Visitors to Techniquest are being encouraged to share their fANTastically creative ideas for an exciting new exhibit.
Techniquest visitors are being asked to put on their thinking caps and help decide the name of a brand-new ant exhibition.
The educational charity, which previously had a popular ant exhibit, revealed its new attraction to the public in June.
As well as being much bigger than its predecessor, the exhibit allows visitors to observe the colony and their ecosystem more closely, witnessing how the ants work together to keep their queen and nest alive.
Settling in a purpose-built tank, which is three meters wide and over a meter tall, the ants have access to a feeding tube and separate feeding station. The exhibit allows the ants to search for food, cut the leaves and carry it back to the nest.
While the ants don’t consume the leaves they cut, they farm them to grow a fungus which they then use for their meal.
Built by Techniquest, the tank houses over 15,000 leafcutter ants from Trinidad, and as they are already hard at work making tunnels, the public will soon be able to see the ants make chambers across the display, such as a farming and nursery chamber.
To celebrate the new addition, Techniquest is asking its visitors to help name the new exhibit. On the weekend of 7–8th July, the public will be able to have their say when they visit the science discovery centre. They will also be able to vote for the new name on the Techniquest social media channels.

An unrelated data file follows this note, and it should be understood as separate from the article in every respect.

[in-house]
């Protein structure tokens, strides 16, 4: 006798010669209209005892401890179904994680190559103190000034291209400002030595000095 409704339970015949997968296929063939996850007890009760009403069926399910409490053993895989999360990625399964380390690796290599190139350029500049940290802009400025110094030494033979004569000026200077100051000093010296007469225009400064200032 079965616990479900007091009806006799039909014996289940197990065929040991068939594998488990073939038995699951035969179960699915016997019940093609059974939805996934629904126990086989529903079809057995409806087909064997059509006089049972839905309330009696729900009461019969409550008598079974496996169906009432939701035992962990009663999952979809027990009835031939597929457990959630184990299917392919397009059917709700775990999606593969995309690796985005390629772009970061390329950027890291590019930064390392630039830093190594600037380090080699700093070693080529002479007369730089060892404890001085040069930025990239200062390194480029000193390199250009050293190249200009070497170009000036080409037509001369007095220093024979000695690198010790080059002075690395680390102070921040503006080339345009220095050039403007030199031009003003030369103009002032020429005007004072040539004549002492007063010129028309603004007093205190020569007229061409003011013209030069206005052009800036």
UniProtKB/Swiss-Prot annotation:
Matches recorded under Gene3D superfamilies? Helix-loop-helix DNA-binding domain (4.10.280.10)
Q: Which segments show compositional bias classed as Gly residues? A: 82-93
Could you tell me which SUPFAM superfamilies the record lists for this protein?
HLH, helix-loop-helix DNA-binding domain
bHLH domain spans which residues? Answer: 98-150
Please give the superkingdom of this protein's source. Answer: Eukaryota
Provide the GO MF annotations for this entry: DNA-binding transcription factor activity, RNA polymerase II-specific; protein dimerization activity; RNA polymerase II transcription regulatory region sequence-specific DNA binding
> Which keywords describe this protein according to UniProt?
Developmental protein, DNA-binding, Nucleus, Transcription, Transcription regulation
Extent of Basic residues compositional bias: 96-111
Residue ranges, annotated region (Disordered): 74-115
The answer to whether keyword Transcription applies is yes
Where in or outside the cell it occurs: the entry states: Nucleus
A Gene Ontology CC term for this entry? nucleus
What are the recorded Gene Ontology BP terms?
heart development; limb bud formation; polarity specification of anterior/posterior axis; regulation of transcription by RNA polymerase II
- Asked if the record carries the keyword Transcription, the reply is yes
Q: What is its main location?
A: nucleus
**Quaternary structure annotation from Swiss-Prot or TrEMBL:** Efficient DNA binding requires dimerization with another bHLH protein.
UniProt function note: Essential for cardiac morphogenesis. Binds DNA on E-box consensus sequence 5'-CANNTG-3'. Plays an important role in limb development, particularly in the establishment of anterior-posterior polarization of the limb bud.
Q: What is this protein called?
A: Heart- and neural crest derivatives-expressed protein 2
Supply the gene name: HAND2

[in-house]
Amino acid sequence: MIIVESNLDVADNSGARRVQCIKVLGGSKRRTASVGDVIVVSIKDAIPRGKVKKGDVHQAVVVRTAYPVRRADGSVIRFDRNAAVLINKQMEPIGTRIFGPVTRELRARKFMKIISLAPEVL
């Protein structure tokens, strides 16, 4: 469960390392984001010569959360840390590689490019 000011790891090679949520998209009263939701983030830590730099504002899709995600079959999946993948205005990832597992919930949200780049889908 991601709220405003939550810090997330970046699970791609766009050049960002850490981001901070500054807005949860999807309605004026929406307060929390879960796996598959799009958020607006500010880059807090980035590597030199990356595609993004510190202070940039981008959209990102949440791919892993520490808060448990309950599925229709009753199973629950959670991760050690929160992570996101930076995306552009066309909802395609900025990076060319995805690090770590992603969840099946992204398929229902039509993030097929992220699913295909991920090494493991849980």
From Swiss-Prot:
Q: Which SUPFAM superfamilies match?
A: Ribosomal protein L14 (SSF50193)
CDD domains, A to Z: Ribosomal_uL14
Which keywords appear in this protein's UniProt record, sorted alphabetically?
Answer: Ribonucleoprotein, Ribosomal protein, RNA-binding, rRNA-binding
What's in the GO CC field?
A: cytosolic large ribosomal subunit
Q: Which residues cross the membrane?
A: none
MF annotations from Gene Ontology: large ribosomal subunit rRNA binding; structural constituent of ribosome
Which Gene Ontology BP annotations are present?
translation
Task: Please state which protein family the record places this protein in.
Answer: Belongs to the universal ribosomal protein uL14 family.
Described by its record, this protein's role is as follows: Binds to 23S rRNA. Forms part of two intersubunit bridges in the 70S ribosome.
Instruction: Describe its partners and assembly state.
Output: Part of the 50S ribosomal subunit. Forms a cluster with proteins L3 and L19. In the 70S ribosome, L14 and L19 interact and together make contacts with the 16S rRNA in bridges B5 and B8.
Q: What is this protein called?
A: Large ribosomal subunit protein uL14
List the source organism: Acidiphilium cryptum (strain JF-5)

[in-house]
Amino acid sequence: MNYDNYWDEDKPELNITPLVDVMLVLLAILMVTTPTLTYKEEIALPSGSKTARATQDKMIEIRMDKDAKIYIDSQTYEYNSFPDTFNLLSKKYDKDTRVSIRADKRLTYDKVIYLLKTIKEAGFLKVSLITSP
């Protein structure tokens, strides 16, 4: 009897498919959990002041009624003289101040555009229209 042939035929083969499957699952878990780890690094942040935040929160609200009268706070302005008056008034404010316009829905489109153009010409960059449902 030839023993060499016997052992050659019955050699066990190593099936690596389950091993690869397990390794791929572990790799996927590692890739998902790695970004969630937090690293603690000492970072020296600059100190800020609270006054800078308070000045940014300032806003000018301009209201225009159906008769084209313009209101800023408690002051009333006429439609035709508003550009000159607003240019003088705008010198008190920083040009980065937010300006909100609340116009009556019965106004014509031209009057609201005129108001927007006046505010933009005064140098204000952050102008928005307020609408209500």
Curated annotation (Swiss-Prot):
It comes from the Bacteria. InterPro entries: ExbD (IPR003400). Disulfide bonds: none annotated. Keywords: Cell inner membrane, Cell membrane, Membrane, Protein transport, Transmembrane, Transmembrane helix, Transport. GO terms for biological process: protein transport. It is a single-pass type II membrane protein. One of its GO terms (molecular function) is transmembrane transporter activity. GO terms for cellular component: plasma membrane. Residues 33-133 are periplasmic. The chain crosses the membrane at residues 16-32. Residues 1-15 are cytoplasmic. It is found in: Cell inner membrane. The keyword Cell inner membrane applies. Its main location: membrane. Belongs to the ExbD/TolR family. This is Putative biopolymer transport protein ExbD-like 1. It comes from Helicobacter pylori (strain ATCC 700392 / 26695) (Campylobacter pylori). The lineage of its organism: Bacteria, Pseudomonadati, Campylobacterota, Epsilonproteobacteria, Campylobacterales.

Lesley Kirkpatrick, CEO at Techniquest said:
“We’re always looking at new ways to make science as educational, entertaining as accessible as possible for our visitors, and we’re thrilled to be bringing this new attraction to our exhibition floor.
“Our visitors input is critical to us, and we thought what better way to involve them than to let them have their say on what to name our latest exhibit.
“This is just one of the exciting additions we have planned for our upcoming season of interactive science, and we’re looking forward to announcing our summer plans just in time for the school holidays.”